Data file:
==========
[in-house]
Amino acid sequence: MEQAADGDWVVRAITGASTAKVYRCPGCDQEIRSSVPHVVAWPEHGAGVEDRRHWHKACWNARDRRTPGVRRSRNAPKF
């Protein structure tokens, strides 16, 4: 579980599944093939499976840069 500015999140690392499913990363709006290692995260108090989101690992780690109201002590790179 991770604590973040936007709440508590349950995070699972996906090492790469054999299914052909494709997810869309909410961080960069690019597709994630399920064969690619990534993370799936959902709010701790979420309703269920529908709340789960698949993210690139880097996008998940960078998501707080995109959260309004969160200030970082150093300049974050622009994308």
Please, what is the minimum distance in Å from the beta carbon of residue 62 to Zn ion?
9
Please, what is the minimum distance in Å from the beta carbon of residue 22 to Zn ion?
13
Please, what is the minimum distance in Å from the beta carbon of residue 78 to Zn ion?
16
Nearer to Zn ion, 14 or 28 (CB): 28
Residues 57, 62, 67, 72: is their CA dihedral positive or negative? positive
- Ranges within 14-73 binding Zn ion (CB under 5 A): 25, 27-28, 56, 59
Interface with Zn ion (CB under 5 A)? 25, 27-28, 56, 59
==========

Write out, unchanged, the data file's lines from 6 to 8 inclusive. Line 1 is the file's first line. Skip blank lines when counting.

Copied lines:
Please, what is the minimum distance in Å from the beta carbon of residue 22 to Zn ion?
13
Please, what is the minimum distance in Å from the beta carbon of residue 78 to Zn ion?